Aside from this major move in Africa music, the new trends of digital technology and collaborations have improved economic settings of the society. In South Africa, Price Water House Coopers Entertainment and Media Outlook estimated that the music industry will grow to 4.4% which is US$178 million by 2020. Nigeria remains the ever-growing market with a total of 15.7% reaching US$3.8 billion. This is similar to Kenya and Ghana’s music revenue.  Economically the African music industry is contributing significantly to the Gross Domestic Product. African music although in different languages and tunes serve a music hungry population of, roughly, 500 million individuals. But most importantly it serves as an ambassador for integration in the continent.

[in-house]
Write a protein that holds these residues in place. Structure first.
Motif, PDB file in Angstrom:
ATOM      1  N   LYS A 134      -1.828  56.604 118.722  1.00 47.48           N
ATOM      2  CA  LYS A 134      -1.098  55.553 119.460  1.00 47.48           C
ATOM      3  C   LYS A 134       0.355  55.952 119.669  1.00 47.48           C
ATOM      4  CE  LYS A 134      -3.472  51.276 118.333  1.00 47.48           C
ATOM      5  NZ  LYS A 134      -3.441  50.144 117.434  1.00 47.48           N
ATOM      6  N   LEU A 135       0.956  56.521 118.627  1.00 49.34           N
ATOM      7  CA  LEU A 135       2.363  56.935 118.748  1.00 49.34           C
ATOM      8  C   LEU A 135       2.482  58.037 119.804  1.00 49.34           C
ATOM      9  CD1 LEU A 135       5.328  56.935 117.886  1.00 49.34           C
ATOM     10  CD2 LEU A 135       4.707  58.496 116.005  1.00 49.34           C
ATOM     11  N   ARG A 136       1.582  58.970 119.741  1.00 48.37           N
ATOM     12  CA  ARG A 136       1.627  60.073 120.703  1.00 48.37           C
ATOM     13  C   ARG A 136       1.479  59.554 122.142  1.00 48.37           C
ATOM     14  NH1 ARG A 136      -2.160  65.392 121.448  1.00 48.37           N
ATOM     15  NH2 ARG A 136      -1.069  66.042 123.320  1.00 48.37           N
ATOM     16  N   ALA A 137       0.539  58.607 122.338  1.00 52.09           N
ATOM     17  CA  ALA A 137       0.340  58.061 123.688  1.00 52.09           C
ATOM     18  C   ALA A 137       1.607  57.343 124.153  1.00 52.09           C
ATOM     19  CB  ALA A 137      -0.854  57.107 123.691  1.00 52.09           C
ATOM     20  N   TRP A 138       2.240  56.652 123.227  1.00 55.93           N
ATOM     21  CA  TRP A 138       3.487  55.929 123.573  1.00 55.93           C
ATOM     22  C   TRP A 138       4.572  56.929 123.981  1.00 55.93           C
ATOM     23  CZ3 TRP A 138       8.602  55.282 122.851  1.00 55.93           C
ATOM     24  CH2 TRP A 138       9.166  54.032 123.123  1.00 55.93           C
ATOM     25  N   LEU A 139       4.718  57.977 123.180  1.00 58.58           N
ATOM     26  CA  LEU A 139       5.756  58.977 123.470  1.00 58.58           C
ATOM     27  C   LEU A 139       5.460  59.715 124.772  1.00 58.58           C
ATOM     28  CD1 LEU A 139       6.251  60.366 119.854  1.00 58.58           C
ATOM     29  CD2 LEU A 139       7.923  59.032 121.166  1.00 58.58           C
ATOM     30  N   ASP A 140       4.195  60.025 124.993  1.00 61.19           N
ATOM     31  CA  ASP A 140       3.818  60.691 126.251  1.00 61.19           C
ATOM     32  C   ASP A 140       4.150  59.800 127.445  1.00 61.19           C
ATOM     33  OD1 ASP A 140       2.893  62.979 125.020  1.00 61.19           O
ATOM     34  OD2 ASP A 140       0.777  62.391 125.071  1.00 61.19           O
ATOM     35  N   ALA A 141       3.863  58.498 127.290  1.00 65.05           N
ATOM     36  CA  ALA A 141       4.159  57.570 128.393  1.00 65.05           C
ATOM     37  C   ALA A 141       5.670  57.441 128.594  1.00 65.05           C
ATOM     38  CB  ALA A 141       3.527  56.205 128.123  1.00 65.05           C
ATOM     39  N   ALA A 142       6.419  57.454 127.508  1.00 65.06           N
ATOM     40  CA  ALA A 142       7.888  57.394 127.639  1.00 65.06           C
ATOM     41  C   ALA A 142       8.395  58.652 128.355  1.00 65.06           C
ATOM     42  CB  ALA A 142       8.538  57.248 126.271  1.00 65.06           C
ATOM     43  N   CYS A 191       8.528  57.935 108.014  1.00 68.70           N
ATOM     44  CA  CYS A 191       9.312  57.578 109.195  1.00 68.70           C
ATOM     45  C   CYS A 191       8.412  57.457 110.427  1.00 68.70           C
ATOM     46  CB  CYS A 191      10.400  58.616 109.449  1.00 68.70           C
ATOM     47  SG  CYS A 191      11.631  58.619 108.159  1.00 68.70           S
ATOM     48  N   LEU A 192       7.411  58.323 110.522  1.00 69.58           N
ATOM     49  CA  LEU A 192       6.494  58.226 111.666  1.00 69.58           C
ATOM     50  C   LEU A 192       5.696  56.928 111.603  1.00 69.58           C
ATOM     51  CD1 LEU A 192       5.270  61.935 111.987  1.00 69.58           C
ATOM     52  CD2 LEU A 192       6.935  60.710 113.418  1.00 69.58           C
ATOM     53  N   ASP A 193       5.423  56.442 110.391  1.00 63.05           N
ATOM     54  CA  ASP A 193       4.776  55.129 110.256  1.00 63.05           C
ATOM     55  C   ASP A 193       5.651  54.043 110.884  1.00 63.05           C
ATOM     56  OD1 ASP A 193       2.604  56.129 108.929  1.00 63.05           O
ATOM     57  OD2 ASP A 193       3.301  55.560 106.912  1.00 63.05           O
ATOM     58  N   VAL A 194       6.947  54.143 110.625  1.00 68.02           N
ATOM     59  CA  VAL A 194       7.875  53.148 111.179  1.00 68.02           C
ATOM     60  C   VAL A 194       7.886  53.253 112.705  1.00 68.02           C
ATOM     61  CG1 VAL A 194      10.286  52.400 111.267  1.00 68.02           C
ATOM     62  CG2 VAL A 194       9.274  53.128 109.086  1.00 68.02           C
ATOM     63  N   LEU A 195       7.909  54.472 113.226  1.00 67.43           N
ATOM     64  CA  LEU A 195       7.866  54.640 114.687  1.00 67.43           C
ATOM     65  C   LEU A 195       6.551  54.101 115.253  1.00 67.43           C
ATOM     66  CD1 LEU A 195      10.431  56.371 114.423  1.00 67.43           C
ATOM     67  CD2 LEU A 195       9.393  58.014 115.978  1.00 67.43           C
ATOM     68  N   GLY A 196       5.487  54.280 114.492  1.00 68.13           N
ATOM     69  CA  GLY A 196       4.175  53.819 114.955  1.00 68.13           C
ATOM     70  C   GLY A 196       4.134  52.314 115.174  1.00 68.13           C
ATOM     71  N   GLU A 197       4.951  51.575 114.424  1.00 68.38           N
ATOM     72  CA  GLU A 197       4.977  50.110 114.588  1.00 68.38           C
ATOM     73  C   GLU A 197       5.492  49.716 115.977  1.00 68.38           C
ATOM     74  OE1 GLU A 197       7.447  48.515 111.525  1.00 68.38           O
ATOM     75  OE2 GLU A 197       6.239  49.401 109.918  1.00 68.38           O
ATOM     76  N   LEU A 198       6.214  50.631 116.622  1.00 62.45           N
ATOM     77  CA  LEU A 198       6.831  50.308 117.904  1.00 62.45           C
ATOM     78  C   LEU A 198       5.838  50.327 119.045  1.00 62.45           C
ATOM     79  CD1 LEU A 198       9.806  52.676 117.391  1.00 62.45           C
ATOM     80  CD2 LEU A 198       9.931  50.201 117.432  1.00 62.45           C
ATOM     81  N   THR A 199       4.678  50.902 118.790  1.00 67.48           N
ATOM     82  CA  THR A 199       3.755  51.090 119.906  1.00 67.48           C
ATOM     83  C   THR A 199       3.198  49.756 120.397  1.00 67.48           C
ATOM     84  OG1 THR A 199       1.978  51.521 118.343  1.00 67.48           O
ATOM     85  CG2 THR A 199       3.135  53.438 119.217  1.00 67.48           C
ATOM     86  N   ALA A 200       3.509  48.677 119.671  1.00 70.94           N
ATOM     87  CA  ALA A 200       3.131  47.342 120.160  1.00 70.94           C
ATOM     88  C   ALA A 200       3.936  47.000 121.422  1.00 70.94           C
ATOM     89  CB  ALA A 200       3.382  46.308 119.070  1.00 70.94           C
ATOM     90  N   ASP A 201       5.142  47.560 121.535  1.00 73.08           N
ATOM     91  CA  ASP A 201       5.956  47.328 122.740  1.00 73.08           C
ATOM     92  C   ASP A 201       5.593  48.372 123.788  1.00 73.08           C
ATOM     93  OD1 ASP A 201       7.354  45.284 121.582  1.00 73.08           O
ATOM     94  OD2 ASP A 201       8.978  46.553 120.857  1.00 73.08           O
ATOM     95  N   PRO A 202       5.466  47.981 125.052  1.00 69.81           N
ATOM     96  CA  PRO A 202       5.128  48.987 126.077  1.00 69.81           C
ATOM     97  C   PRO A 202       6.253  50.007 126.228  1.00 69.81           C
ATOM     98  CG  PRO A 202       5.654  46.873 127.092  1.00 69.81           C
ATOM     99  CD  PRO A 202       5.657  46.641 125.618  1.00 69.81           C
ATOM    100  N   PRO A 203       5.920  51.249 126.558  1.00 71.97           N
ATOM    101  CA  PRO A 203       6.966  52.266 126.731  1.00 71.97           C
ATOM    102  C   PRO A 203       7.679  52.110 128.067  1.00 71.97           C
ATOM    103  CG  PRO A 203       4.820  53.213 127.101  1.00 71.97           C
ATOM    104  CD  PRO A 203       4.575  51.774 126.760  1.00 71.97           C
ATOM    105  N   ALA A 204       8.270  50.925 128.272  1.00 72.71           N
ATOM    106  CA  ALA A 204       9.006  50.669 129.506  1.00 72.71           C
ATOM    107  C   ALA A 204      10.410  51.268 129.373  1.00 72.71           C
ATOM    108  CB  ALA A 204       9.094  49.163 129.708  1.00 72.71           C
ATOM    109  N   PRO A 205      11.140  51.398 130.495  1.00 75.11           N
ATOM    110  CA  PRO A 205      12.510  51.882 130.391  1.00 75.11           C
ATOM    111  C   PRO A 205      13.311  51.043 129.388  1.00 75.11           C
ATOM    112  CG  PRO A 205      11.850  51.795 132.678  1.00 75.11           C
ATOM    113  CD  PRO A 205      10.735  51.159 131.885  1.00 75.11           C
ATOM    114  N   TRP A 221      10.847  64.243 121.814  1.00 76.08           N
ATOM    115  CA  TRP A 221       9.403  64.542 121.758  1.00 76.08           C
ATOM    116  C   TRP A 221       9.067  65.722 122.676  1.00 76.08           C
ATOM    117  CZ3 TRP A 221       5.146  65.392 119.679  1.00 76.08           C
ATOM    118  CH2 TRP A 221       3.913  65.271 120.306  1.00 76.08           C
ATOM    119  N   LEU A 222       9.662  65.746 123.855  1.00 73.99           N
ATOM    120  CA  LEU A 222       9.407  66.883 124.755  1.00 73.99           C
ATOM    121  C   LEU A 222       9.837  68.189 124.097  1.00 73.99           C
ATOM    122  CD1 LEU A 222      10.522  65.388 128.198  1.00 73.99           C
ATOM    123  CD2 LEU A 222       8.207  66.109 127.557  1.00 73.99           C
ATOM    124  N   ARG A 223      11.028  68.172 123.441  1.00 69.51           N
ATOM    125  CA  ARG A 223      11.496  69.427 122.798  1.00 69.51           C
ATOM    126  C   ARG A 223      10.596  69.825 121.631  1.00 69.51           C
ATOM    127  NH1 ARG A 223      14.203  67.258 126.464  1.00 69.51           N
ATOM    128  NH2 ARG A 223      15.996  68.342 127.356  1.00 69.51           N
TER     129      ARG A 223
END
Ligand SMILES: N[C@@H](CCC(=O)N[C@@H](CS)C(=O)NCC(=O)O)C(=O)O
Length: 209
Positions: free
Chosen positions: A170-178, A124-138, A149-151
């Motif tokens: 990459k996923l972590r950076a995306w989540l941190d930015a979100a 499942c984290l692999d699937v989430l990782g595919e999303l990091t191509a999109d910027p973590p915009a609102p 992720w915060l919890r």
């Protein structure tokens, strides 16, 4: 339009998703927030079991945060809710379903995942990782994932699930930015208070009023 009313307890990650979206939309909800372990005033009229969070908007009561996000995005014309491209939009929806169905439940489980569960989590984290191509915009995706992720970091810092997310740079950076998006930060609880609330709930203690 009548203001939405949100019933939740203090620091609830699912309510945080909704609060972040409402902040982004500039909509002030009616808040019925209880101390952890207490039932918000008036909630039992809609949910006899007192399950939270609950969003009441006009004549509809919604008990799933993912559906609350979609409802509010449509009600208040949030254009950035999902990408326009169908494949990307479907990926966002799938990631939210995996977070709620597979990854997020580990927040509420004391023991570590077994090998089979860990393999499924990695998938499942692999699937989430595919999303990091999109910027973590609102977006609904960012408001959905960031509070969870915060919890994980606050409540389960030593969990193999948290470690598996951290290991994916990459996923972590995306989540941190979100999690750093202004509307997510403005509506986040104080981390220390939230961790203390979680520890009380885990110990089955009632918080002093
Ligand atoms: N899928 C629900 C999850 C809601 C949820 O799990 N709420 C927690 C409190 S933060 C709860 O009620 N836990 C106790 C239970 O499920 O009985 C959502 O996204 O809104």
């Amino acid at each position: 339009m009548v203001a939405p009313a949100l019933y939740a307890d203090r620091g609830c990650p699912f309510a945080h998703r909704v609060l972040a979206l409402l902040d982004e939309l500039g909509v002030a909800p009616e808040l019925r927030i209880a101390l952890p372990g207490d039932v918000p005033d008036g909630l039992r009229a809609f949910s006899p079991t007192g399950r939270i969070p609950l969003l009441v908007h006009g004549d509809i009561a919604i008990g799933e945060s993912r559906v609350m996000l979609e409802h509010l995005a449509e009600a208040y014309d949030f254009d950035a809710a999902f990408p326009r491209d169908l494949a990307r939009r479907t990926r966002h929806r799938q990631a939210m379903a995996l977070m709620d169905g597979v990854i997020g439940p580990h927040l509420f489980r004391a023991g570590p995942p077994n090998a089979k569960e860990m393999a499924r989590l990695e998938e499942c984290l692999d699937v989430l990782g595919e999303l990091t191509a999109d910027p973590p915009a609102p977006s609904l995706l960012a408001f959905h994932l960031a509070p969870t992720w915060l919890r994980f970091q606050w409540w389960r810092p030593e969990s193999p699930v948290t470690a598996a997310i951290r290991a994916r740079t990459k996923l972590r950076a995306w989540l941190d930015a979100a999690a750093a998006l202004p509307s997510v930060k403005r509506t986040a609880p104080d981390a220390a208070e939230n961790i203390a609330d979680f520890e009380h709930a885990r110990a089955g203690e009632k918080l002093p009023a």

Various musical awards are held at national level across African countries. Major showcase awards comprise of All Africa Music Awards (AFRIMA), MTV Africa Music Awards among other awards. One of Africa’s biggest award event and platform that uses Africa music as a tool for integration in the region is AFRIMA. AFRIMA in collaboration with Africa Union celebrates and recognizes creativity, talent and African music while preserving and promoting African culture. It further ensures a stronger, united, peaceful and prosperous Africa through music bringing artists from every part of Africa. A symbol of peace and integration. Another classic example of music integration, is the “We are one Africa” song by Davido, Tiwa Savage, Sarkodie and Lola Rae the song encourages and spells African solidarity and unity.